On Wednesday, May 16, 2018, the ACR’s Affiliate Society Council (ASC) convened a meeting in Washington, D.C., in conjunction with the ACR’s Advocacy Leadership Conference. Despite inclement weather that delayed or cancelled numerous flights, several rheumatology representatives from states across the U.S. attended the meeting in person, while others participated by conference call.
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“It was a little chaotic, at least in terms of getting people there, because of the weather,” says Joseph Cantrell, JD, the ACR’s senior manager of state affairs, but the smaller group size led to some rich outcomes. “It lent itself to more in-depth discussion about the challenges facing state societies and a broader conversation about engaging more rheumatologists in advocacy and getting them [to show] up.”
ASC meetings bring rheumatology providers together from among 42 member states to share lessons learned, work through legislative and regulatory issues at the state level, and brainstorm solutions.
“[The] ACR has the 30,000-foot view of the state level, but a lot of times, state societies have a better feel for the emerging issues we need to be paying attention to,” says Mr. Cantrell.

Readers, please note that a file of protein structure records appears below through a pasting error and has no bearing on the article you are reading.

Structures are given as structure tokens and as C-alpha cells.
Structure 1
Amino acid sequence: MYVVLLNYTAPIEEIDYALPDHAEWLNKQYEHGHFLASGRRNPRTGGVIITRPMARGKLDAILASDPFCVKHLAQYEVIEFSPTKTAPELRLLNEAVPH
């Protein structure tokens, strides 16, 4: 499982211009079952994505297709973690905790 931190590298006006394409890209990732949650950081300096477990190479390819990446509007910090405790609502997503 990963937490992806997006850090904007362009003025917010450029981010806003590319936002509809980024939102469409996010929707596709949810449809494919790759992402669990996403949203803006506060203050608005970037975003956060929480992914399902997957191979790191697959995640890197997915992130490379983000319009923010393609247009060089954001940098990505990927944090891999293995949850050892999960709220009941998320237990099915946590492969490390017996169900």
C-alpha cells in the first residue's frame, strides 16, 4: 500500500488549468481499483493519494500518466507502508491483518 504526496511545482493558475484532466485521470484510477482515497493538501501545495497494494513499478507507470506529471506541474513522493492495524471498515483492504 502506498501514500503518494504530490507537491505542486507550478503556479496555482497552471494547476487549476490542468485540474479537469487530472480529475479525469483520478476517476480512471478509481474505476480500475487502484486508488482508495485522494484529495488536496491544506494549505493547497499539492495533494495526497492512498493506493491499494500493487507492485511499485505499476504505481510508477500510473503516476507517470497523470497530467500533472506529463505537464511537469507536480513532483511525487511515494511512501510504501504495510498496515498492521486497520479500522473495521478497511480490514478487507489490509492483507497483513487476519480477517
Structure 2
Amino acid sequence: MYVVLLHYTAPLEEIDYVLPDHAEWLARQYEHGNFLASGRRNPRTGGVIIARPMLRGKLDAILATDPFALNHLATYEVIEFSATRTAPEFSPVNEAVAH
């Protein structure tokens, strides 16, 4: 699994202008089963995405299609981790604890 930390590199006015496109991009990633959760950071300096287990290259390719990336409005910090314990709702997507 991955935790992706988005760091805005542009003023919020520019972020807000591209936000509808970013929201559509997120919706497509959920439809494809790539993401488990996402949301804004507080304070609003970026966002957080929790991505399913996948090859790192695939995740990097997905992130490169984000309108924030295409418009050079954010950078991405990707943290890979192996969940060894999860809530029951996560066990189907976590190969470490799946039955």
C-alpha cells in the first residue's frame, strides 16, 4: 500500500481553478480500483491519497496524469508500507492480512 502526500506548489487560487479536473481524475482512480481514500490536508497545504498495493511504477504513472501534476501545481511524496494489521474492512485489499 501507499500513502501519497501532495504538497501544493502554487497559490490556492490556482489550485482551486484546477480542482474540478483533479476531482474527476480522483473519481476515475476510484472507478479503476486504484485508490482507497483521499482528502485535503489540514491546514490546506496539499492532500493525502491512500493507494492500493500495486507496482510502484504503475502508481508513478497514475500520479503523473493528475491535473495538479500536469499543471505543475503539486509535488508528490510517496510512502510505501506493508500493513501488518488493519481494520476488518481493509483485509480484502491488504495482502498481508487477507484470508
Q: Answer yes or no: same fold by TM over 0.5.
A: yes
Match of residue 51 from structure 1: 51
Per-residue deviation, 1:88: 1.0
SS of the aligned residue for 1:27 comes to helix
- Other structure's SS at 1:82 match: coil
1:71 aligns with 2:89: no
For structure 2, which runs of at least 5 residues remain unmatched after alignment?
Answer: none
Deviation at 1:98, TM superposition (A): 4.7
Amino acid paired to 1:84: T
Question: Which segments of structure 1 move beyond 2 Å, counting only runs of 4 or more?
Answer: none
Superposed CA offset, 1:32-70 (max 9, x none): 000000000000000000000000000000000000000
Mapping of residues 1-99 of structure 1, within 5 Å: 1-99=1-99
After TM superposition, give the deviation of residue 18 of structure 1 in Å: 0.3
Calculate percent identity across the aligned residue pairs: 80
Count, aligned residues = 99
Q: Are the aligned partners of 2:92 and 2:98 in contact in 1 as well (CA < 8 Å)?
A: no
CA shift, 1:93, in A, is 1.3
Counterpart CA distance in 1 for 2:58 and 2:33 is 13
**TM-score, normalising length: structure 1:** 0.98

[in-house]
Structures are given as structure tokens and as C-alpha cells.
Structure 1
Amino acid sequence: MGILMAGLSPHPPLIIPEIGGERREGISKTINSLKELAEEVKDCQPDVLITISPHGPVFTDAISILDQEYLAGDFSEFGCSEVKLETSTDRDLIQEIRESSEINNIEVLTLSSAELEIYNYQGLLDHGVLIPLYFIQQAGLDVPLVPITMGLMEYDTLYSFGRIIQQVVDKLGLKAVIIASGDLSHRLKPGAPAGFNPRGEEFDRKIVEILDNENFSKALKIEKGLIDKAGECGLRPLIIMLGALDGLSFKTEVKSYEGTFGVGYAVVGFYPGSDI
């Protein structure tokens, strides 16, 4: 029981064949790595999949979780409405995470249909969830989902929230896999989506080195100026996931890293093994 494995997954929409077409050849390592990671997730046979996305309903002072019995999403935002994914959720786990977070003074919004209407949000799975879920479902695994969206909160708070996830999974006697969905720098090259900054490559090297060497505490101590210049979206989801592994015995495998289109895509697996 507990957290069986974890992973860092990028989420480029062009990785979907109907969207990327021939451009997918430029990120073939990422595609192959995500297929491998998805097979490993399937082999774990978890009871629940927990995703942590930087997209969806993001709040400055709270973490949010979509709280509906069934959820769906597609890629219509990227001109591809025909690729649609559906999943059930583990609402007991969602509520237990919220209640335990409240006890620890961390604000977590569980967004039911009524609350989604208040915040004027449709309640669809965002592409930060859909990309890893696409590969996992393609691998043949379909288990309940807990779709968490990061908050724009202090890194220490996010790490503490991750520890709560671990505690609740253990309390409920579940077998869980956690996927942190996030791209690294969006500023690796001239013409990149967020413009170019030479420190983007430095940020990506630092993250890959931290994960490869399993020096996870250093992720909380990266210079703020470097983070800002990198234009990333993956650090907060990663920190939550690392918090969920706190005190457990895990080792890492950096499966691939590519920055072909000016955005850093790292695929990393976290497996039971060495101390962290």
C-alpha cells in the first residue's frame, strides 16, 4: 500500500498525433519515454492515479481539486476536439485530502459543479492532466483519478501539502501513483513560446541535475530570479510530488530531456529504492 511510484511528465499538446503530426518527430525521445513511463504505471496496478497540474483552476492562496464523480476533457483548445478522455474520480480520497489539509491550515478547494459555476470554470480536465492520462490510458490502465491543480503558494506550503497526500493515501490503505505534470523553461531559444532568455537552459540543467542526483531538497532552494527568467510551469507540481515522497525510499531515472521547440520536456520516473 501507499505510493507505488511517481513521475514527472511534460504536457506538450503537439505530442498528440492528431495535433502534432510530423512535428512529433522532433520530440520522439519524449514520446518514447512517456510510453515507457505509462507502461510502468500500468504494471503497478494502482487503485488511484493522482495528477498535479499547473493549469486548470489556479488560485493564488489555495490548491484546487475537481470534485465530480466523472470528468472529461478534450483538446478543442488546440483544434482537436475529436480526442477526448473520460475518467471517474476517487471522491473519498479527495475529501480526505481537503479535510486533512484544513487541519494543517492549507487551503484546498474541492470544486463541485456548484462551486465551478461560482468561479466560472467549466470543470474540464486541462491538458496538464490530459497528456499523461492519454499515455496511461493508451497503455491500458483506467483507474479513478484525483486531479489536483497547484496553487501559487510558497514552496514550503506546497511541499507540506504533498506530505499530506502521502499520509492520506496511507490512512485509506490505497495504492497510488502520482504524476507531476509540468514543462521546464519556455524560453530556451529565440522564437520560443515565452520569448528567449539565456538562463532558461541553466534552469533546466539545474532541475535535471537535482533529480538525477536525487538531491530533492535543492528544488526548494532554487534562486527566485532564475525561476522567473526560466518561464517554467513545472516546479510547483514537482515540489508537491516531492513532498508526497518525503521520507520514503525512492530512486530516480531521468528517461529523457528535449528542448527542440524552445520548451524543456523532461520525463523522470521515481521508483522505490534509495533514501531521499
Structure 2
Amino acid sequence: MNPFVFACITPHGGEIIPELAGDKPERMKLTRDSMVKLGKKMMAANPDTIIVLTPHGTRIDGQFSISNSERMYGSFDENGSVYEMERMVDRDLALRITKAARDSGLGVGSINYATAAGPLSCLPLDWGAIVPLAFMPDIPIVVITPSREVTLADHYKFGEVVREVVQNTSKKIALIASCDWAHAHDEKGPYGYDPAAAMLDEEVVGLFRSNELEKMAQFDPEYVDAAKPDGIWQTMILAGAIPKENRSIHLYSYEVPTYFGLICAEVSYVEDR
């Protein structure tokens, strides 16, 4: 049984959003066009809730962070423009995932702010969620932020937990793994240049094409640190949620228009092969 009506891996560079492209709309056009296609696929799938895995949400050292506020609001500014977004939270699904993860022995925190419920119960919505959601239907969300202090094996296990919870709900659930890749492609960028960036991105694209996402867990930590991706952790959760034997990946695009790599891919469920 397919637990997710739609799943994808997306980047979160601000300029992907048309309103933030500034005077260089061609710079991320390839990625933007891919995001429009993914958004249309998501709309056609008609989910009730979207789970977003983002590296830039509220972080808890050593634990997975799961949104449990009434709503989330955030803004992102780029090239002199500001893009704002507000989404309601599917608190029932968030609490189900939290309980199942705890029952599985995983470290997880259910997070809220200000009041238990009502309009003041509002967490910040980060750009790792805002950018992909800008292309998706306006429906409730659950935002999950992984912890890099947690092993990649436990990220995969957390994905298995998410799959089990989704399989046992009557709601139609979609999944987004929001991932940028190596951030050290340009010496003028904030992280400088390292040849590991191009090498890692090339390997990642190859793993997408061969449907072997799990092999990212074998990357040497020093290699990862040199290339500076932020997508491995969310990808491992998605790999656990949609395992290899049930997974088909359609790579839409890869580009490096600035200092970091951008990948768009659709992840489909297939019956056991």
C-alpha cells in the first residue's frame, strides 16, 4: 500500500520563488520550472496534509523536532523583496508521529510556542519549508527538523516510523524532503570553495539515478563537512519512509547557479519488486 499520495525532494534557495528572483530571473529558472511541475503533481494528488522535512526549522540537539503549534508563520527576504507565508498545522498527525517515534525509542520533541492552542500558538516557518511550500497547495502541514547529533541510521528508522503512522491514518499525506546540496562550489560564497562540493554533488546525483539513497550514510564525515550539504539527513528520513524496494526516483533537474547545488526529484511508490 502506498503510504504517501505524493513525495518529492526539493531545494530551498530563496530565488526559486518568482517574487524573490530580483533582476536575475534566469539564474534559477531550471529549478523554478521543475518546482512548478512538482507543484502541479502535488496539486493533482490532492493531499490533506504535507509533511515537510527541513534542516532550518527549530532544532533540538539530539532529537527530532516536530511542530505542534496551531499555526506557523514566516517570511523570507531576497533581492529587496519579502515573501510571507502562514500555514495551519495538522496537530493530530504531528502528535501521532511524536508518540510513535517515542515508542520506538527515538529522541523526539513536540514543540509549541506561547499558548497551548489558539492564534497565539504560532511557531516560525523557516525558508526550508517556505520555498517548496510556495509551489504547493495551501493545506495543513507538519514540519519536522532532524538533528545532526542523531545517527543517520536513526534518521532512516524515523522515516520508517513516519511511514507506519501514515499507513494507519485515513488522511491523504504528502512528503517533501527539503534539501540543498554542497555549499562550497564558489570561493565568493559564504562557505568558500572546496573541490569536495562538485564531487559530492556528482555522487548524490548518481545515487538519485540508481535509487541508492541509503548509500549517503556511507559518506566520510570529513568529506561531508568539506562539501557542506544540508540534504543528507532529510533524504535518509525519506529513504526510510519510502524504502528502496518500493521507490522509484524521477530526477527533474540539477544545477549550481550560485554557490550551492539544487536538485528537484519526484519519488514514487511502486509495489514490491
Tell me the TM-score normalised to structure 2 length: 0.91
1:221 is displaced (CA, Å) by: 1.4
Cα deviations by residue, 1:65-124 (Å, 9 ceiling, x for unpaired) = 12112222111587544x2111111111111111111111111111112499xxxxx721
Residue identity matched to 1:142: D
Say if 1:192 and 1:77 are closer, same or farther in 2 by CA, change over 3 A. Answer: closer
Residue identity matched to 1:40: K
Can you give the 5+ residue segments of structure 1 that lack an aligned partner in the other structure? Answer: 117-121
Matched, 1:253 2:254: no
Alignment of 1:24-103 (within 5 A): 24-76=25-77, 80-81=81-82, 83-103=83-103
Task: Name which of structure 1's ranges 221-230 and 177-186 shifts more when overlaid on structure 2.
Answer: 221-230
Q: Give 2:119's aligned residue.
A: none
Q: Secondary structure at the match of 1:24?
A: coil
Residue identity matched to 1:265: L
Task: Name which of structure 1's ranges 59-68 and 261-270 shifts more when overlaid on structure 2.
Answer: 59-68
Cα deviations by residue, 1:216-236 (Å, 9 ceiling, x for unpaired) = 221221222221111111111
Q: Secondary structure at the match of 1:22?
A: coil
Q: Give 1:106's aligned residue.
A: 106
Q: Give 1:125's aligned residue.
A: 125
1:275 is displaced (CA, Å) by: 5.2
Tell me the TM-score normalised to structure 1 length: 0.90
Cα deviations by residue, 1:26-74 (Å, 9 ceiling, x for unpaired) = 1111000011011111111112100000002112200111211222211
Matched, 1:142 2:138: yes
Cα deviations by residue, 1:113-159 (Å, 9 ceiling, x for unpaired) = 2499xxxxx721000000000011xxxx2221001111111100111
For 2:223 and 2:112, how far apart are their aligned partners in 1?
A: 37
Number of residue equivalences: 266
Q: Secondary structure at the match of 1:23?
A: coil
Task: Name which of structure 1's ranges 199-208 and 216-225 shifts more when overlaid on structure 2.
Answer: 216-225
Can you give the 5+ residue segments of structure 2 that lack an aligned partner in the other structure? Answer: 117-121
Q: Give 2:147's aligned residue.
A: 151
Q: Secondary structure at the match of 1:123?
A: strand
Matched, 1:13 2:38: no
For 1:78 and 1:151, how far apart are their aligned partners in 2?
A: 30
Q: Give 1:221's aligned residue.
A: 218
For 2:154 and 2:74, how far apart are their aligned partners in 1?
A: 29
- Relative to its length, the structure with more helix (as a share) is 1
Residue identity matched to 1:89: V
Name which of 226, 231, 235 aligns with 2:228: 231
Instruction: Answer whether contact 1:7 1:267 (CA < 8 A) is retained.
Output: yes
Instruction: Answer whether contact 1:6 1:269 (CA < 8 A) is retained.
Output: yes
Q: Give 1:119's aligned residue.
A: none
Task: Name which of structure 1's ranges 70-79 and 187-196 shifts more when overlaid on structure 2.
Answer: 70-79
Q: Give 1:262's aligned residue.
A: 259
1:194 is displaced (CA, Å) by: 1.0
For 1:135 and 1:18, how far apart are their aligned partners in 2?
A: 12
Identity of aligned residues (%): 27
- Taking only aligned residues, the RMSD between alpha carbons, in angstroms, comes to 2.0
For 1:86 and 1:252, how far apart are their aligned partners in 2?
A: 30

Among the issues discussed at the meeting were biosimilar legislation, non-medical switching, step therapy and copay accumulators.
“When patients get copay assistance cards from pharmaceutical manufacturers to help pay for a drug until they make their annual deductible, some insurers are saying that it doesn’t count toward your deductible,” Mr. Cantrell explains. “Rhode Island had a bill, and we worked in coalition to get that language removed so the copay accumulator won’t be legal.”1
Cody Wasner, a private-practice rheumatologist from Eugene, Ore., was among the providers who attended. He brought with him recent instances in his state of non-medical switching among Medicaid patients with psoriatic arthritis.
Non-medical switching describes a practice in which insurers require patients to use prescription medications that cost the insurer less money, without considering the medical needs of the patient. Sometimes this means insurers move patients off of an effective drug onto another that may not work as well or could adversely affect their health.
Dr. Wasner first learned about it from Mr. Cantrell, who had received a call about it from the National Psoriasis Foundation. The ASC also relies on relationships with other advocacy organizations, patient groups and established coalitions to learn about issues, share information and perspective, and to be most effective.
With a colleague, Dr. Wasner wrote a letter of rebuttal to submit to his state legislature. “If we hadn’t made this connection [with the ASC], we wouldn’t have been able to respond back in a scientific and powerful manner,” Dr. Wasner says. “It takes a whole network to fight against things without getting blindsided.”